The Hill's Morning Report - Trump, Senate GOP clash over Yemen, border security




Welcome to The Hill’s Morning Report. Happy Thursday! Our newsletter gets you up to speed on the most important developments in politics and policy, plus trends to watch. Co-creators are Jonathan Easley and Alexis Simendinger (CLICK HERE to subscribe!). On Twitter, you can find us at @joneasley and @asimendinger.

*** BREAKING: Former Rep. Beto O’Rourke is running for president. There are high hopes for the Texas Democrat, who raised tens of millions of dollars and attracted legions of young supporters to his Senate campaign last year. His message: “I’m running to serve you as the next president of the United States of America.” ***

It’s judgment day for President TrumpDonald John TrumpEsper sidesteps question on whether he aligns more with Mattis or Trump Warren embraces Thiel label: 'Good' As tensions escalate, US must intensify pressure on Iran and the IAEA MORE’s national emergency declaration.

The GOP-controlled Senate is poised to part company with Trump over his decision to bypass Congress by declaring an emergency at the southern border as a way to fund a wall. 

The White House had been negotiating with Senate Republicans to find a way around a vote of disapproval rebuking Trump, but talks collapsed last night.

At least five Republican senators — Susan CollinsSusan Margaret CollinsGOP put on the back foot by Trump's race storm GOP senator: 'Outrageous' to say Trump's tweets about Democratic congresswomen are racist Fox personalities blast Trump's remarks MORE (Maine), Lisa MurkowskiLisa Ann MurkowskiGOP senator: 'Outrageous' to say Trump's tweets about Democratic congresswomen are racist Fox personalities blast Trump's remarks Schumer blisters Republicans over response to Trump tweets: 'Where are you?' MORE (Alaska), Rand PaulRandal (Rand) Howard PaulThe buck stops here: How to restore accountability to the federal regulatory system Trump nominees meet fiercest opposition from Warren, Sanders, Gillibrand Lawyer: Flynn will keep cooperating after co-conspirator revelations MORE (Ky.), Thom TillisThomas (Thom) Roland TillisGOP senator: 'Outrageous' to say Trump's tweets about Democratic congresswomen are racist Top North Carolina newspapers editorial board to GOP: 'Are you OK with a racist president?' Republicans make U-turn on health care MORE (N.C.) and Mike LeeMichael (Mike) Shumway LeeLiberal think tank: GOP paid parental leave proposals are too narrow Fairness for High Skilled Immigrants Act exposes Silicon Valley's hollow diversity slogans Overnight Defense: Senate rejects effort to restrict Trump on Iran | Democrats at debate vow to shore up NATO | Senate confirms chief of Space Command MORE (Utah) — have said they’ll join Democrats in approving a resolution intended to challenge Trump’s executive authority.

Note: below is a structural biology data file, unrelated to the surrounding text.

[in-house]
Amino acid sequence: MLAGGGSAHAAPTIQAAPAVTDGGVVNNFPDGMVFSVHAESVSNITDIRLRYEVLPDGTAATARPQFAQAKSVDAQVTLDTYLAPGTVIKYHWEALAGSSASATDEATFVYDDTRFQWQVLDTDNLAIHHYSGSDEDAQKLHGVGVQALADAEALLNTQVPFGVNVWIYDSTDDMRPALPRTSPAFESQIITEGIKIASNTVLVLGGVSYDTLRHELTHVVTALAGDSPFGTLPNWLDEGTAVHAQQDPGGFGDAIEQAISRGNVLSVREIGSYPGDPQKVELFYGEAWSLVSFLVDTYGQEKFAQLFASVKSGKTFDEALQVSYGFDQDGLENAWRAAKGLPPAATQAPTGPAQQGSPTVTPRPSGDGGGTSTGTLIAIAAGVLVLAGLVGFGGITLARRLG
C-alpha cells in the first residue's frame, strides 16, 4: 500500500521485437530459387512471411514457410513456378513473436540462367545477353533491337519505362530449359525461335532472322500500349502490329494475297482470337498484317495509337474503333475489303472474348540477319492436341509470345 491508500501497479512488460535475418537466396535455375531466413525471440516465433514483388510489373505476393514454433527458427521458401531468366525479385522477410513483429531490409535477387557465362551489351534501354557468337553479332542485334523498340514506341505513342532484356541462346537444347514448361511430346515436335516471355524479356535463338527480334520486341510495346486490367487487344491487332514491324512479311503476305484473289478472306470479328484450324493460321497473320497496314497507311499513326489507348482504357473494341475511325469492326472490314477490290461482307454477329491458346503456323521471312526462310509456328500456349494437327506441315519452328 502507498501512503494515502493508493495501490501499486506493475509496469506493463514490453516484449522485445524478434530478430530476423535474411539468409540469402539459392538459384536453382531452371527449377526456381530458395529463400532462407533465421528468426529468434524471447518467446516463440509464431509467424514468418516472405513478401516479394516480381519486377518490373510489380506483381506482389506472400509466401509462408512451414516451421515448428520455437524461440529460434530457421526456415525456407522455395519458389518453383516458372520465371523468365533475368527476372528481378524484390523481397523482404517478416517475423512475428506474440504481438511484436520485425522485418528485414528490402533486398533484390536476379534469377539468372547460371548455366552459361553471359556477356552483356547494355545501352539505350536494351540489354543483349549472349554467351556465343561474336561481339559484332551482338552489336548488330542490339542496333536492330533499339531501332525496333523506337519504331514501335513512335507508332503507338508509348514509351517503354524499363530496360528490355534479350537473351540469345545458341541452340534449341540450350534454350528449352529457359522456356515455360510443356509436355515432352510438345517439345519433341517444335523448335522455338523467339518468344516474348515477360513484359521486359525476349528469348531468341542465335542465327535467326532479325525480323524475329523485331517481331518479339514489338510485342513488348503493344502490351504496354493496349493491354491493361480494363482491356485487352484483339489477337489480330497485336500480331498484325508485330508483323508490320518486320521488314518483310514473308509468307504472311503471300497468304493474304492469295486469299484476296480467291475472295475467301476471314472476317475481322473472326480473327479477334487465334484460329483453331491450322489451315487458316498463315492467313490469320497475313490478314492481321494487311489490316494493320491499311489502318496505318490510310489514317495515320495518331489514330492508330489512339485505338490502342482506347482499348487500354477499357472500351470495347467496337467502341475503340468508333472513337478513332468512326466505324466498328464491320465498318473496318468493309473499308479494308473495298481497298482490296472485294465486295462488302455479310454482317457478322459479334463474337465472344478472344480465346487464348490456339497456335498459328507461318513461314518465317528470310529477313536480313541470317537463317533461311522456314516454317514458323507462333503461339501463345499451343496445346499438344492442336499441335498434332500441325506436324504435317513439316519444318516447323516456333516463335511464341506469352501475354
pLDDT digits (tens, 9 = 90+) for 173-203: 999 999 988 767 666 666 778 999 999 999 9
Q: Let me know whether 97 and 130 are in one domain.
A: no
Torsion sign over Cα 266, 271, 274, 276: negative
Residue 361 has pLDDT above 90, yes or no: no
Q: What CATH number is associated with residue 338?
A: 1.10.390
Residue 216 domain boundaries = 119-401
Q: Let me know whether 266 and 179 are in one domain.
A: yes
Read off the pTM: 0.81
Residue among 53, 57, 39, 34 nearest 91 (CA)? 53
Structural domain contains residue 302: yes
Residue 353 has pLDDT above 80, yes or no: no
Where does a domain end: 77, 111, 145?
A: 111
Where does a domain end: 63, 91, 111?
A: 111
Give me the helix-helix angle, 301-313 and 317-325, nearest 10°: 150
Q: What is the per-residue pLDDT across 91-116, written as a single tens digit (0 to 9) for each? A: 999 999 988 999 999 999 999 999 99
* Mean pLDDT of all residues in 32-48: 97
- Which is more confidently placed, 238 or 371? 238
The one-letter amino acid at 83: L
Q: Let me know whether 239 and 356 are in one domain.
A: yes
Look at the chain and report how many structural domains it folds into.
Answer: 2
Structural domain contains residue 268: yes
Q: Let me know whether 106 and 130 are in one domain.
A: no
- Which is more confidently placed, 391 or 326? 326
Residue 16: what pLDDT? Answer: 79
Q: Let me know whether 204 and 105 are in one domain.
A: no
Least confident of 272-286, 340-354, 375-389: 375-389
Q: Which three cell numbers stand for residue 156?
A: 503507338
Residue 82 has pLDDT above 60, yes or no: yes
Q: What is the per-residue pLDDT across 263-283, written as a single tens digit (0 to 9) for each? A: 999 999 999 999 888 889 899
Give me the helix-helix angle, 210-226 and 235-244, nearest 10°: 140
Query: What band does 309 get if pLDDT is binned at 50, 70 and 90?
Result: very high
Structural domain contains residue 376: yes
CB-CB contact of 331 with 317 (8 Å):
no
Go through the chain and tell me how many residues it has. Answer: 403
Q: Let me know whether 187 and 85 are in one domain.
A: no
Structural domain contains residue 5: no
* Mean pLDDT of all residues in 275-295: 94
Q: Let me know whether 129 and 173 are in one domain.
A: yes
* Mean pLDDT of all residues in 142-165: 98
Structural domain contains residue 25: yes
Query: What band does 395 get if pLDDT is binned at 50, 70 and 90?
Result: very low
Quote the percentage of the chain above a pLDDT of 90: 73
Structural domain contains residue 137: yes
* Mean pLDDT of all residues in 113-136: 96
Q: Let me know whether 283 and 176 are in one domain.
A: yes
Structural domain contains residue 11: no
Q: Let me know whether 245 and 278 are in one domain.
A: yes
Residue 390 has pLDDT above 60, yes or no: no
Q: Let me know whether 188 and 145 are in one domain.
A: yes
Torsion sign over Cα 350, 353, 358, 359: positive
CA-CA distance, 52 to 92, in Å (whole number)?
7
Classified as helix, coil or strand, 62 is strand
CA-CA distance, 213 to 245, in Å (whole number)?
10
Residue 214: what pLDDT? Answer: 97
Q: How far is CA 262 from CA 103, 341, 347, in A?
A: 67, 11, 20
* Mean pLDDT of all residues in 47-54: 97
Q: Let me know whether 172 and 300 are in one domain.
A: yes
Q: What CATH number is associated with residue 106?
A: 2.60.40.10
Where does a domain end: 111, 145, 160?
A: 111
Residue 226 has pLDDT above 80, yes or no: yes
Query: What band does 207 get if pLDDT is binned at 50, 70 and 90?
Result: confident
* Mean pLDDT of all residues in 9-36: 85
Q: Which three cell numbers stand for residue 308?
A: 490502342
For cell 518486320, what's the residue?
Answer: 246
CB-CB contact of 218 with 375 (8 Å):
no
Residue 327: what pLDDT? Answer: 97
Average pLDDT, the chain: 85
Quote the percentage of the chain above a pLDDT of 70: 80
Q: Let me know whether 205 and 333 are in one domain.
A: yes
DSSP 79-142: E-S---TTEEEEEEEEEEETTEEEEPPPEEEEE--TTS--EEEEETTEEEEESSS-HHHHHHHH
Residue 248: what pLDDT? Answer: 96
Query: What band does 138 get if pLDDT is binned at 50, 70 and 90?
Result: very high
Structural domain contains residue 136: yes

“We tried to cut a deal, the president didn’t appear interested.” — Lee

The Hill: Senate to rebuke Trump on wall.

The Hill: GOP’s Tillis under pressure for taking on Trump.

The president has already said he’ll veto the resolution and neither chamber has enough support to override a veto, so the matter will likely be decided by the courts.

But the White House will be closely watching the vote, as a full-scale GOP revolt would be embarrassing for the administration and could harm its legal arguments.

These are tense times between the White House and Republicans in the Senate.

Last night, the Senate broke with Trump on the Saudi-led military campaign in Yemen, passing a resolution requiring the president to withdraw U.S. troops there, unless they’re fighting al Qaeda.

The House would still need to pass that bill for it to reach the president’s desk, but administration officials have already advised the president to veto the resolution. Secretary of State Mike PompeoMichael (Mike) Richard PompeoAs tensions escalate, US must intensify pressure on Iran and the IAEA The Hill's Morning Report - Presented by JUUL Labs - House to vote to condemn Trump tweet Trump's Huawei concession is 'the rope that could hang America' MORE will meet today with Martin Griffiths, the United Nations special envoy for Yemen.

The Hill: Senate breaks with Trump on Saudi-led war in Yemen.